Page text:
ancients of the Venetians.* It may be thus described:—a
die being prepared, secured by the ring and handle, A,
metal is gathered and dropped into it, B, and the
matrix, or plunger, C, operated upon by the lever,
&c. D, presses the metal into the required form of
the article. If an overplus of metal be gathered, it thickens the
article throughout; but if too little, it fails to fill up the mould, and
is spoiled. This is a rapid mode of reproduction, but great practice is
required to gather the exact quantity of metal. The chief condition of
success, in getting a polished surface on pressed Glass, depends on the
moulds being kept at a regular temperature, a little short of red heat.
The effect is not so good as pillar-moulding, nor does it anneal so well;
but it is much less expensive. The interior plungers and the outer die
will adhere to the Glass if too hot; and if not at a proper temperature,
will fail in producing a clear transparent surface.
Pinching by moulds is chiefly used for
solid drop-work, spangles, &c. Lumps of Glass made expressly for
drop pinching,† when softened sufficiently by a blast-furnace,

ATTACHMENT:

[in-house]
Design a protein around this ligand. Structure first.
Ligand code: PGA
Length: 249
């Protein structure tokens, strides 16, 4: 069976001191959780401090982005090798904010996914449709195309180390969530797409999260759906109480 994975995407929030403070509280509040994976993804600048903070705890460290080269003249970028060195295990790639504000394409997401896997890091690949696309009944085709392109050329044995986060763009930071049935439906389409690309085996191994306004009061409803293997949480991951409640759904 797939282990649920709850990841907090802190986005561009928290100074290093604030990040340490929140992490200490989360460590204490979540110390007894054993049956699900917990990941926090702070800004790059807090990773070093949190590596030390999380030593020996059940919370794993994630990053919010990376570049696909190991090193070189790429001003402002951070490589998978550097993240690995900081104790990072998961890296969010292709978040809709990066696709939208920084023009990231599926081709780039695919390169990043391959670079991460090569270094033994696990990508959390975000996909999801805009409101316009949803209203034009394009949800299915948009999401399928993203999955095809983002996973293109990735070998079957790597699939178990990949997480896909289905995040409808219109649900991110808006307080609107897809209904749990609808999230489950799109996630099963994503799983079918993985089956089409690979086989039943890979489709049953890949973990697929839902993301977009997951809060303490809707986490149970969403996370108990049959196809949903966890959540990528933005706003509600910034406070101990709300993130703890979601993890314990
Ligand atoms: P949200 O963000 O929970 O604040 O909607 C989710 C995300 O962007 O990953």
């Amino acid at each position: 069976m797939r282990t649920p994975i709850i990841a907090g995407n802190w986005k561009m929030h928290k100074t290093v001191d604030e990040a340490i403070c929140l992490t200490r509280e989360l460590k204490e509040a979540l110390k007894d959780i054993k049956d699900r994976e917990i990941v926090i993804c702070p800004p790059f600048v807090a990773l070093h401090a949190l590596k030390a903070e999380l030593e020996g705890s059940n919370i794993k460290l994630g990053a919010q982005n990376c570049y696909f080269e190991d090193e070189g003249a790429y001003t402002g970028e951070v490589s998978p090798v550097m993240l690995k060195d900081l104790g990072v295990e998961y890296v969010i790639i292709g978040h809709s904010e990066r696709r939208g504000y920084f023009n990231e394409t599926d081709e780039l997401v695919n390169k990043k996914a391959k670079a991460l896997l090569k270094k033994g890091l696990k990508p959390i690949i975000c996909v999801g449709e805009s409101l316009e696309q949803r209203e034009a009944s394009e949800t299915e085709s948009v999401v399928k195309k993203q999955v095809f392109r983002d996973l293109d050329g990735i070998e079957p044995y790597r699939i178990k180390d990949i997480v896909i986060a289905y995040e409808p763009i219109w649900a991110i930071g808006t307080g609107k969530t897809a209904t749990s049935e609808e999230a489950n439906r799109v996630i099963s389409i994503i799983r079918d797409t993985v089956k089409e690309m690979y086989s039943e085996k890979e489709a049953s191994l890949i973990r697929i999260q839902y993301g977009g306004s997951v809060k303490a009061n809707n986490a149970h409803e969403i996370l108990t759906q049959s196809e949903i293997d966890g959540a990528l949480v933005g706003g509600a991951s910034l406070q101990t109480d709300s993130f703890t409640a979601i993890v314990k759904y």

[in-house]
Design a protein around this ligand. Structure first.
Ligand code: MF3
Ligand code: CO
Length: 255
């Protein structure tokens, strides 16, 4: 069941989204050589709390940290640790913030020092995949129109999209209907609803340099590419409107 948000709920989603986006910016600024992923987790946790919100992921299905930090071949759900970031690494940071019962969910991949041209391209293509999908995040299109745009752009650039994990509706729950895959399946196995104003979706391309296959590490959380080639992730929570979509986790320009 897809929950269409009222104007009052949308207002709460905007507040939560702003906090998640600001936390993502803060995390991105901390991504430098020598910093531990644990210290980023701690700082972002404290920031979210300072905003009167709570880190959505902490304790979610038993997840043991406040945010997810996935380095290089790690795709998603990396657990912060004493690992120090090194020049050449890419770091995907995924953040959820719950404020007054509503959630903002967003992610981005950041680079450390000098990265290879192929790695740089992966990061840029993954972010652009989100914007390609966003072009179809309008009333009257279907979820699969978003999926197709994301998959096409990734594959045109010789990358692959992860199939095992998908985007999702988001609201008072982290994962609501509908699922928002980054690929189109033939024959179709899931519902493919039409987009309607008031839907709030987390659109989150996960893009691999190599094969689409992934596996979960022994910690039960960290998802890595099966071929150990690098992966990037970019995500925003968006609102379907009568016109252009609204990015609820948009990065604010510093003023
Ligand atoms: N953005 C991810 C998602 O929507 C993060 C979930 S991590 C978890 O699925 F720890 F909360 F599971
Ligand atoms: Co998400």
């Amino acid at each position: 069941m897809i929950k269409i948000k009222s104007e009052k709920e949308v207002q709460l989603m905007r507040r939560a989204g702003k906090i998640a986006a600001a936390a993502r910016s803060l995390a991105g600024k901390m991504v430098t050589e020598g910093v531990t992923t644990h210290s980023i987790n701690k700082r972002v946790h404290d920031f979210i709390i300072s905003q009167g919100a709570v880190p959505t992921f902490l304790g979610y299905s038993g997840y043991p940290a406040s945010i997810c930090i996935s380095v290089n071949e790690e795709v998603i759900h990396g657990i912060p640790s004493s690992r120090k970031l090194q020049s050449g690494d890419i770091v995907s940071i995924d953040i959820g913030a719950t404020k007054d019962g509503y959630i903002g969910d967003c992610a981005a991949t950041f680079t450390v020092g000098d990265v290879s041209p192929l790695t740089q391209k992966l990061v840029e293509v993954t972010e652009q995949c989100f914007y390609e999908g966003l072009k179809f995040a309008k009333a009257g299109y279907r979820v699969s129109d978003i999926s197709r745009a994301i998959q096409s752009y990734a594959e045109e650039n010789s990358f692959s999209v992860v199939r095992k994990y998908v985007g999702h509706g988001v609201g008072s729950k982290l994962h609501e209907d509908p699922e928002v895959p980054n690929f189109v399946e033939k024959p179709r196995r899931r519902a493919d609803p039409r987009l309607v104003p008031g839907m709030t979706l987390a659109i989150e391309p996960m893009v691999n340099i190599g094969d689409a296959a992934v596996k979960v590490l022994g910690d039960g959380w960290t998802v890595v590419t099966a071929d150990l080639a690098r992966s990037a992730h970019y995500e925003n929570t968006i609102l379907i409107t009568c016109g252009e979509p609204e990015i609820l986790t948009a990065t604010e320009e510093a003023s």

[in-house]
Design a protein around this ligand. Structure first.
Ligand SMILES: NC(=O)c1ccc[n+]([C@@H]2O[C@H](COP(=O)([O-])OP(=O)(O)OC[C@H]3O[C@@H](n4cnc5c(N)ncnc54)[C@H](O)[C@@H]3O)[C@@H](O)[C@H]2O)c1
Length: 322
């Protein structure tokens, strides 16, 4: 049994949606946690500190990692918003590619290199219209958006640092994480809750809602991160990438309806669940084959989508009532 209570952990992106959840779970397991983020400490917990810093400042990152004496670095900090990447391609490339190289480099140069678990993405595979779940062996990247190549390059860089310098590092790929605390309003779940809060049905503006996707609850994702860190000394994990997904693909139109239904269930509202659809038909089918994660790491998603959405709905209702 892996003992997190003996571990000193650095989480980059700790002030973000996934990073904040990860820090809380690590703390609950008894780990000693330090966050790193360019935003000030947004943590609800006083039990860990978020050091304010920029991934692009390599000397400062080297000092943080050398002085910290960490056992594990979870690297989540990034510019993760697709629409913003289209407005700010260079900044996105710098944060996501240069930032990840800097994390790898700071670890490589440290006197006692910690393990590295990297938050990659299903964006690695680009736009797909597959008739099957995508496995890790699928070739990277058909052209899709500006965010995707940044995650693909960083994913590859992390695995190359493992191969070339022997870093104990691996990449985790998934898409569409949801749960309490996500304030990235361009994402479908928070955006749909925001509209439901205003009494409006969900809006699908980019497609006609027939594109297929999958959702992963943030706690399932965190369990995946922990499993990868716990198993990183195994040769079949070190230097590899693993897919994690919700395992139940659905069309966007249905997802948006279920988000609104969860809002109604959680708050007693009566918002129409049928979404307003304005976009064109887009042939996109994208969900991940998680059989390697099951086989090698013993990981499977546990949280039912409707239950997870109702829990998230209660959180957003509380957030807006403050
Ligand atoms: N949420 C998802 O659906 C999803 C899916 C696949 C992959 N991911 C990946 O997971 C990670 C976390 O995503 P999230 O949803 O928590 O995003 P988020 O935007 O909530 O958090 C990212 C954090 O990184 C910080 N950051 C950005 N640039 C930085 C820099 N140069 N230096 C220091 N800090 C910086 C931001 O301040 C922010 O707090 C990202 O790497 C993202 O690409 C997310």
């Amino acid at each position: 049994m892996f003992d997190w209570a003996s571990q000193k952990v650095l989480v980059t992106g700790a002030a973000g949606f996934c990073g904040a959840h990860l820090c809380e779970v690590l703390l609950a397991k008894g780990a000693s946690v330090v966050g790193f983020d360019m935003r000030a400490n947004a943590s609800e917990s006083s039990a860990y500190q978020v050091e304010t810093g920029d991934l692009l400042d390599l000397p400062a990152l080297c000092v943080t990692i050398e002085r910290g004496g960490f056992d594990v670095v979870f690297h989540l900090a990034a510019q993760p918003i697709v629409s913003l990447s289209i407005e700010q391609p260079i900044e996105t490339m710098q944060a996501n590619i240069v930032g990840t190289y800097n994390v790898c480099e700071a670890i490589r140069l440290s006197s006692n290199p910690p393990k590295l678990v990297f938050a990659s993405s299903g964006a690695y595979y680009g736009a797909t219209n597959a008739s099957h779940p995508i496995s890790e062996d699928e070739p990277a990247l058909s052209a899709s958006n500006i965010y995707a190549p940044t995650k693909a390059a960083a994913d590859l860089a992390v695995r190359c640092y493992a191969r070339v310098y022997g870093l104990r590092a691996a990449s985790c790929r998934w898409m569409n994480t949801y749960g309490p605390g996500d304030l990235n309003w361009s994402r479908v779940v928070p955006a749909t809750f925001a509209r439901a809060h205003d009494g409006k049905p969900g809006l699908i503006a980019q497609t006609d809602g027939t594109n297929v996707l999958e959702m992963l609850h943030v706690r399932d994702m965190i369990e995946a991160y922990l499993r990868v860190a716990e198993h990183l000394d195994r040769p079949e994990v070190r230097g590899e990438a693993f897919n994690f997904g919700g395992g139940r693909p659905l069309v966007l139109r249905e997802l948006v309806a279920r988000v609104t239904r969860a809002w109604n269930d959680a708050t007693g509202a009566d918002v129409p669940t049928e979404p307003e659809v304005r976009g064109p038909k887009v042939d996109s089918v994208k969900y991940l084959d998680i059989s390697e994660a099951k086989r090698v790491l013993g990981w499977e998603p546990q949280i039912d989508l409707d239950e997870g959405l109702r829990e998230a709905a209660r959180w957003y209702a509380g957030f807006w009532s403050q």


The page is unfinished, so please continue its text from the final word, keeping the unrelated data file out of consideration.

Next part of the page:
A, are shaped in twin brass dies, affixed to tongues,
B. Arms of chandeliers are pressed also by twin dies,
the upper die being fixed to the plunger, and the under one to the bed
* Various slabs of coloured Glass,
of small sizes, were pressed into metallic dies by the ancients,
as proved by the specimens of embossed and intagliated Glass, of
various patterns, in the British Museum; but no machinery was used by
them in producing any completely pressed hollow vessel or utensil,
at one operation.
† A considerable number of
the Glass drops used for chandeliers, girandoles, and candlesticks,
in England, are pinched from thick tumbler bottoms, or waste glass,
causing a variety of tint, and inferior refraction.